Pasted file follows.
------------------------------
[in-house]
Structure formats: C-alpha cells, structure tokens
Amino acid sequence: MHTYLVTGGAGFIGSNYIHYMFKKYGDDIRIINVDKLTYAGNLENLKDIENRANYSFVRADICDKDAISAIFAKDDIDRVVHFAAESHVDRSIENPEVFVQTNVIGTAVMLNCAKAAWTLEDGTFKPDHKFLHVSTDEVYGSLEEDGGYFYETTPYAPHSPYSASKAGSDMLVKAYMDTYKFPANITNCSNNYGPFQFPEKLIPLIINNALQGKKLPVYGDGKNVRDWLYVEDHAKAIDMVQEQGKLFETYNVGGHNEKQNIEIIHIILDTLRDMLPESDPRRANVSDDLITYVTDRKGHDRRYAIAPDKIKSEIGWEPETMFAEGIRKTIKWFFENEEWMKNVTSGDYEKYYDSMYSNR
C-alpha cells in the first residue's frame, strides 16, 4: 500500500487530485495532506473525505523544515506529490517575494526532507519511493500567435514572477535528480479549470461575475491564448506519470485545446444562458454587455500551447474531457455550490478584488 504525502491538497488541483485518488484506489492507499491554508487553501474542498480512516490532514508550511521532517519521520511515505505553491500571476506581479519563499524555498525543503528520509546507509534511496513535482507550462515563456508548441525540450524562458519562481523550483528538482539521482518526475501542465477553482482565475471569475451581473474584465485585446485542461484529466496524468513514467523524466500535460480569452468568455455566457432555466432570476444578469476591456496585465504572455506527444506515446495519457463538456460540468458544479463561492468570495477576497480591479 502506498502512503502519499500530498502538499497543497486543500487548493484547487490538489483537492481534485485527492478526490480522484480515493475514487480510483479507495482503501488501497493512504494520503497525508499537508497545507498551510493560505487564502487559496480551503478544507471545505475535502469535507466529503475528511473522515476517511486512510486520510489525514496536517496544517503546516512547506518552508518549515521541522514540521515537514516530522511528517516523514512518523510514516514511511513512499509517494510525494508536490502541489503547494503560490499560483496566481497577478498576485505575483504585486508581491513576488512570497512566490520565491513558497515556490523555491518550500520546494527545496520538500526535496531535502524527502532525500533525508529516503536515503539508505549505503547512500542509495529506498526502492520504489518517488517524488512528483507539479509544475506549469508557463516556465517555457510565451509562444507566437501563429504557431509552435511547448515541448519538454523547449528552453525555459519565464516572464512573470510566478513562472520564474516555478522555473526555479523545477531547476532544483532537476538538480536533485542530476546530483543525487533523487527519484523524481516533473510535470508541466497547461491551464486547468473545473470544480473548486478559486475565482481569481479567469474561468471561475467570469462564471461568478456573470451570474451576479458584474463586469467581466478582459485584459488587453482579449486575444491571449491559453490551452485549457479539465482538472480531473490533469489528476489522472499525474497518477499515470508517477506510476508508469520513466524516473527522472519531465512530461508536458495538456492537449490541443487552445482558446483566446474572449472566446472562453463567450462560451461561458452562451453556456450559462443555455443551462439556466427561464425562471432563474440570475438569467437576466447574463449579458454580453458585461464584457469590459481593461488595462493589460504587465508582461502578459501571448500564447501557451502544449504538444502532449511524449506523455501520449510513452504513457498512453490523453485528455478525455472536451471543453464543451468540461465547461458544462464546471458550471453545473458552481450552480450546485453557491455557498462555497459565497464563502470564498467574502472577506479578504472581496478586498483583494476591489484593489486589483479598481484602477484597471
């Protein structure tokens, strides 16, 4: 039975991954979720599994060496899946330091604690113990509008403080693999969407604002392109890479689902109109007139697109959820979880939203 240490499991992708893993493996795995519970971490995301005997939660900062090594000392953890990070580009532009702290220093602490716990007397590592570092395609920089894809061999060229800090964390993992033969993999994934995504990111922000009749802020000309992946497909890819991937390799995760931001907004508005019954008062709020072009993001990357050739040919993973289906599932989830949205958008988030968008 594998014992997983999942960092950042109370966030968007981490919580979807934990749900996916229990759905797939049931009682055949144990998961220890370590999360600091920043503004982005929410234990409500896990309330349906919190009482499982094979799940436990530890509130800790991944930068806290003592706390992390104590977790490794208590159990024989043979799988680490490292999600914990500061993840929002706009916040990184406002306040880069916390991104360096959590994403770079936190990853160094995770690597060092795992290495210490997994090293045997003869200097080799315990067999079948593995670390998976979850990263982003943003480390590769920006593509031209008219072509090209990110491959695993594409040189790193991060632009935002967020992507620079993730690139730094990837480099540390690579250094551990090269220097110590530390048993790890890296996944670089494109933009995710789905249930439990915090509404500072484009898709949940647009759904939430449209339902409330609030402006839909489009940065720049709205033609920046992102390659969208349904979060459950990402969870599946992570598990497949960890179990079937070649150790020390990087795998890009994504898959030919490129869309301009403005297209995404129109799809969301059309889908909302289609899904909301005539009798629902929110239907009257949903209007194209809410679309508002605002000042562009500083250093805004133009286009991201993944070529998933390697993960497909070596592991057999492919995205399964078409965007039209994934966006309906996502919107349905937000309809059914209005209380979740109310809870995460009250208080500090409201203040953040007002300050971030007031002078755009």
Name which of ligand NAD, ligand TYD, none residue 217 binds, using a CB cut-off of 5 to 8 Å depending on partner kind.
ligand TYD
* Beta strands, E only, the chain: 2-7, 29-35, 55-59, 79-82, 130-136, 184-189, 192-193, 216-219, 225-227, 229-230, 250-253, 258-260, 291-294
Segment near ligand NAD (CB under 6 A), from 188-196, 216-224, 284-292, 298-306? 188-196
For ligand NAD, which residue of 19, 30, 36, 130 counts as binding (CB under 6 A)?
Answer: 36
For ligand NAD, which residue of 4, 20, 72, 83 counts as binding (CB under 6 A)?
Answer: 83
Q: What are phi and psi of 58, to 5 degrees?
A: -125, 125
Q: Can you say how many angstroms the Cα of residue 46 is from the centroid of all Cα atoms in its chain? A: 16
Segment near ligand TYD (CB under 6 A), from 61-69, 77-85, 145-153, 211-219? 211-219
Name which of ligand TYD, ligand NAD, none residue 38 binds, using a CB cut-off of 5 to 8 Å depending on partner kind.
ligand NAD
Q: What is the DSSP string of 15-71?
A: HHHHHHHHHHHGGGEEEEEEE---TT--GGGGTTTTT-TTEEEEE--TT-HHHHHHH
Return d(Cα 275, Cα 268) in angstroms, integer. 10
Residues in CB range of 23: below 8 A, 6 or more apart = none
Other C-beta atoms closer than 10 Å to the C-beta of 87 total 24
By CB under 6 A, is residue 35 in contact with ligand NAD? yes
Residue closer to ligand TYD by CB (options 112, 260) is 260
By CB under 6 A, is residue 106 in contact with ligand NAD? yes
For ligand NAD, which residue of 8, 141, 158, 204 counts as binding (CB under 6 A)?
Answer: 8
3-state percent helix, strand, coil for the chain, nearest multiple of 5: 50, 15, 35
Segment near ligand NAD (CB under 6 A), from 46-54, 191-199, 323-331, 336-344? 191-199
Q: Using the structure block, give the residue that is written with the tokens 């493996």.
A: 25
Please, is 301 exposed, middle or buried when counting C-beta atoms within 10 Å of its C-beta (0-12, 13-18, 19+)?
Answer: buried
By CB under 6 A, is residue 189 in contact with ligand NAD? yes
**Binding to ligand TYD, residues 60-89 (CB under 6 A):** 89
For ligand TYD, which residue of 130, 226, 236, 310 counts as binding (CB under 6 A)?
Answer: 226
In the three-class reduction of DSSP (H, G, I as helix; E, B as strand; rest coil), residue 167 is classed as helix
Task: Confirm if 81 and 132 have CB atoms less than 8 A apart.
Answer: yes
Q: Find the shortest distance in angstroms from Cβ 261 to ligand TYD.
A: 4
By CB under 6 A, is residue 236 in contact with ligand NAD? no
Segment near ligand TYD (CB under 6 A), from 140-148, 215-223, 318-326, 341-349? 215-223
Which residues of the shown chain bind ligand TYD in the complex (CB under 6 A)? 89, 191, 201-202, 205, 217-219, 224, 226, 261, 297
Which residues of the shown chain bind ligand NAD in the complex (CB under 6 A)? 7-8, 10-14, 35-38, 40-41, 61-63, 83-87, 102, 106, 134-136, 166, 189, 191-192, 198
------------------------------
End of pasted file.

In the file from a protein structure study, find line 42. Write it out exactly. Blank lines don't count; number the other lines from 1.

Answer: yes